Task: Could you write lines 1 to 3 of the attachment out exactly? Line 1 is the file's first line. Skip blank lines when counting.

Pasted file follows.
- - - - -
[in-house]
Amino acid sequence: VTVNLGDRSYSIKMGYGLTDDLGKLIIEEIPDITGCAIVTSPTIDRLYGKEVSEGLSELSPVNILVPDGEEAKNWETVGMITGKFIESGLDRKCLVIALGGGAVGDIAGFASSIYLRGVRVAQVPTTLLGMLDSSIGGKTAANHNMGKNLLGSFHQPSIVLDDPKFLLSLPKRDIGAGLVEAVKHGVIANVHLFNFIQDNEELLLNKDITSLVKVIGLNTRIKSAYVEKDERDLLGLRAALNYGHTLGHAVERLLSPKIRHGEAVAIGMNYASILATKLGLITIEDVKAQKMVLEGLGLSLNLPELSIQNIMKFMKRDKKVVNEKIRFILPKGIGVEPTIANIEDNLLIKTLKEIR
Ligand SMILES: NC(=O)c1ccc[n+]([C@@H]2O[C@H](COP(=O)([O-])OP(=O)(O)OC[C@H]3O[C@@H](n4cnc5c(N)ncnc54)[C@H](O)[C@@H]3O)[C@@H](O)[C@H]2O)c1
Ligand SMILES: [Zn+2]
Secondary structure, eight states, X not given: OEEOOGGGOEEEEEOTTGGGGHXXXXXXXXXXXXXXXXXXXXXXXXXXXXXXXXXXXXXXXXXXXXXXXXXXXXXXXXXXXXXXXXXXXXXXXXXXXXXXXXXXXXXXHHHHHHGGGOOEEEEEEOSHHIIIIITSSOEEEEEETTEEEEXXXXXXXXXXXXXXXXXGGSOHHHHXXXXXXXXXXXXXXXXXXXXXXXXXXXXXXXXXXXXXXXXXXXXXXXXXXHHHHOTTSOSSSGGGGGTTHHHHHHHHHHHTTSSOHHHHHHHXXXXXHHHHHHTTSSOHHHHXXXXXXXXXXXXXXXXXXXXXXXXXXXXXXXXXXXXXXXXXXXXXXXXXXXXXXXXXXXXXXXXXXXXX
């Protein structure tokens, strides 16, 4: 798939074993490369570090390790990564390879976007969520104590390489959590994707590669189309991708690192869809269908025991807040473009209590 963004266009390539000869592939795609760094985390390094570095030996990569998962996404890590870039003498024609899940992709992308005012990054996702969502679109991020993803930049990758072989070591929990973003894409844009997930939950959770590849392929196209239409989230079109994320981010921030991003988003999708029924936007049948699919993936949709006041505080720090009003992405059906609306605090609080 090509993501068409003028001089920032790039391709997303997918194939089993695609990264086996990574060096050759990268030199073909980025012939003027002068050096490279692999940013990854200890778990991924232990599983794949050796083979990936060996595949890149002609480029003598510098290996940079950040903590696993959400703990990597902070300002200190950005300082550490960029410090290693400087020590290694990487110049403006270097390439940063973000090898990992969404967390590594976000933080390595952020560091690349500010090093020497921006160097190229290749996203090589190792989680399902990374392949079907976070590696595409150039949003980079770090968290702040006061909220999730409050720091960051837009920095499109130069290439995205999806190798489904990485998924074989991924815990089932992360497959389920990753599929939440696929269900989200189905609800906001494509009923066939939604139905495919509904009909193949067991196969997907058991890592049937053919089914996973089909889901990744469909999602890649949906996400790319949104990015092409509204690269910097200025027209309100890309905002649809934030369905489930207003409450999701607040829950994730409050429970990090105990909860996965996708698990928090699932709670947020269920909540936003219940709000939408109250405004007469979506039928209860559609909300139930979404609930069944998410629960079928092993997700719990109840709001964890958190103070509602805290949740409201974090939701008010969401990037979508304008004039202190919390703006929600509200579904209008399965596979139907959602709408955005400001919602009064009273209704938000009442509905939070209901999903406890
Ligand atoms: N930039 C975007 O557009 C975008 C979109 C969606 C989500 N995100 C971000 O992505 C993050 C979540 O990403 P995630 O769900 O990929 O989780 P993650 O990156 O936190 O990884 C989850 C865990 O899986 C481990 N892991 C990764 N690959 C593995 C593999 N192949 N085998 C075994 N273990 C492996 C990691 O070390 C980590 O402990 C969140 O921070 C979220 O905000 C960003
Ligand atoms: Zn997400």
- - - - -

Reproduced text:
[in-house]
Amino acid sequence: VTVNLGDRSYSIKMGYGLTDDLGKLIIEEIPDITGCAIVTSPTIDRLYGKEVSEGLSELSPVNILVPDGEEAKNWETVGMITGKFIESGLDRKCLVIALGGGAVGDIAGFASSIYLRGVRVAQVPTTLLGMLDSSIGGKTAANHNMGKNLLGSFHQPSIVLDDPKFLLSLPKRDIGAGLVEAVKHGVIANVHLFNFIQDNEELLLNKDITSLVKVIGLNTRIKSAYVEKDERDLLGLRAALNYGHTLGHAVERLLSPKIRHGEAVAIGMNYASILATKLGLITIEDVKAQKMVLEGLGLSLNLPELSIQNIMKFMKRDKKVVNEKIRFILPKGIGVEPTIANIEDNLLIKTLKEIR
Ligand SMILES: NC(=O)c1ccc[n+]([C@@H]2O[C@H](COP(=O)([O-])OP(=O)(O)OC[C@H]3O[C@@H](n4cnc5c(N)ncnc54)[C@H](O)[C@@H]3O)[C@@H](O)[C@H]2O)c1